Without question, China has negotiated descent and HIGHER pay for Filipino domestic workers than even Chinese citizens can get. WHY? This is the continued manifestation of Chinese soft political power and foreign policies directly aimed at improving not only the ties between China and the Philippines, but also at a price that clearly is biased against Chinese domestic workers in their own nation.
Does this sound like a bullying foreign policy tactic by China? No, this is another example of how diplomatic cooperation, trust and friendship with the Chinese people, society and nation can actually bring prosperity, wealth and “economic democracy” to China friendly nations.
This is how China “can” rise peacefully in the 21st century. What a coincidence that a popular Tsinoy President Duterte was the key figure that helped to salvage Chinese and Filipino relations, trade and economic cooperation. My Chinese people take this obviously unfair economic wage imbalance with great humility and sorrow; but at the end of the day, the Chinese people, society and nation prefer peaceful relations vs hostile warfare with the people, society and nation of the Phillipines, in the South China Sea.
China has made a decisive diplomatic move to forestall war in the South China Sea!
According to Jiayun Feng from SUP China:
“China is planning to allow the employment of Filipino household service workers (HSWs) and provide them with decent salaries, the Philippines’ Department of Labor and Employment (DOLE) reported on July 30. According to the Philippine Star, five major cities will first open their doors to Filipino HSWs, including Beijing, Shanghai, and Xiamen. A monthly salary of 13,000 yuan ($1,930) — which is a high wage for household work in China — is expected to be offered.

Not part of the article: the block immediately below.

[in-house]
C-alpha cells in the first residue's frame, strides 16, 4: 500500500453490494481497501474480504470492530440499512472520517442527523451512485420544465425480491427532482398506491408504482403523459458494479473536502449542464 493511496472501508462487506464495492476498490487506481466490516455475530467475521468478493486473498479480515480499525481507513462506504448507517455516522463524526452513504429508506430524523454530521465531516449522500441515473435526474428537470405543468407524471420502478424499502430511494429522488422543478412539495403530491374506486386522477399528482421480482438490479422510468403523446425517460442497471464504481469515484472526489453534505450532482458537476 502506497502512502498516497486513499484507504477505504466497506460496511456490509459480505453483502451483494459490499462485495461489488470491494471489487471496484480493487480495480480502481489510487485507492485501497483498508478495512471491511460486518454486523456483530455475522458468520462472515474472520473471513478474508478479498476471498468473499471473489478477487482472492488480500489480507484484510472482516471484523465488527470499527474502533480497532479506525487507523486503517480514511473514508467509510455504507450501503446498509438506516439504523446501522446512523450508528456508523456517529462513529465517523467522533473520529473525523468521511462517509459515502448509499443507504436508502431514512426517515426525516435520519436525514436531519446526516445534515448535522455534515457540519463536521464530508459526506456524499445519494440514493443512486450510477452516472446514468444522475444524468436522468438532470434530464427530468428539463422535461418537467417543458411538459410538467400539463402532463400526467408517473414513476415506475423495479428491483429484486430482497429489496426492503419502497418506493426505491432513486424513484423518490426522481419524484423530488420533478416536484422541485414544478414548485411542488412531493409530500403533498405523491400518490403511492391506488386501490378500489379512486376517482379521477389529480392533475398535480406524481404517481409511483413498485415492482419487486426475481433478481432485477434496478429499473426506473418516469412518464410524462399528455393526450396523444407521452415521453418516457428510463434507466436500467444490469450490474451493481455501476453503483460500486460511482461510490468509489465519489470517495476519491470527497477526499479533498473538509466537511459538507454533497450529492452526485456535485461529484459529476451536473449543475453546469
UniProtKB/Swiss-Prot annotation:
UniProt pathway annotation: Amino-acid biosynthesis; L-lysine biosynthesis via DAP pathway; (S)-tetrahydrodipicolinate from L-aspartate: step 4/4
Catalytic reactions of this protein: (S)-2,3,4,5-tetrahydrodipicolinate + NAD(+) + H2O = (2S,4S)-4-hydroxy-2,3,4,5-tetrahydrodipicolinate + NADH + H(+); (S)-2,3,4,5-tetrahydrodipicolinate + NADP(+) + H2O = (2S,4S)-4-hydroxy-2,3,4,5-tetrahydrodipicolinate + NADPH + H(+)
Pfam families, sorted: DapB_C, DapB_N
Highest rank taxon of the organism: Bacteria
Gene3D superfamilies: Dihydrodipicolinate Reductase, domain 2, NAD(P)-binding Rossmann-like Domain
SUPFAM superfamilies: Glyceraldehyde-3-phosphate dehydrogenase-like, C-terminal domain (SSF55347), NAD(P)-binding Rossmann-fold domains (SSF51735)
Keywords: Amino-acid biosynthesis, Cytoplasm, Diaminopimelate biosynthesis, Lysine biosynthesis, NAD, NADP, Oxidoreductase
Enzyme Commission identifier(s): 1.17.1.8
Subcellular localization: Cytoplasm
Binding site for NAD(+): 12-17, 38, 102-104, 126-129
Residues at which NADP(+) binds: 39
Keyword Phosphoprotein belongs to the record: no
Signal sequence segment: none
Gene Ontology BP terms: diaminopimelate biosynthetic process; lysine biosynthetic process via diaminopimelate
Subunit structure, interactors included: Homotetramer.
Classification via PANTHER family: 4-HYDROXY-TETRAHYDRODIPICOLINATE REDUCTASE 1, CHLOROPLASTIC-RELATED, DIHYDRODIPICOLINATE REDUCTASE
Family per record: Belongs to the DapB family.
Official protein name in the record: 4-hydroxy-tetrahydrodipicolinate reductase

Dominador Say, the undersecretary of DOLE, said that Chinese embassy officials had discussed the issue with the labor department, and a delegation from China is scheduled to visit the Philippines in September for further negotiations. Say also noted that China’s burgeoning demand for Filipino helpers comes partly from the desire to hire domestic workers with English proficiency and international training; he added, ‘Filipinos are also peaceful compared to other nationalities.’
Moreover, the Philippine Star says that improving bilateral relations between China and the Philippines contributed to the Chinese decision to hire Filipino domestic workers instead of other nationals. However, in some ways the new rules simply legalize an existing practice: The South China Morning Post reported last year that an estimated 200,000 Filipino domestic helpers were serving in China without proper work permits.
On the social media platform Weibo, many internet users were incensed by the anticipated wage for Filipino maids. ‘Why can domestic workers from the Philippines obtain such a high salary while we normal Chinese only earn little per month?” one commenter wrote (in Chinese). “Isn’t the country supposed to raise salaries for its citizens first and then import foreign workers?'”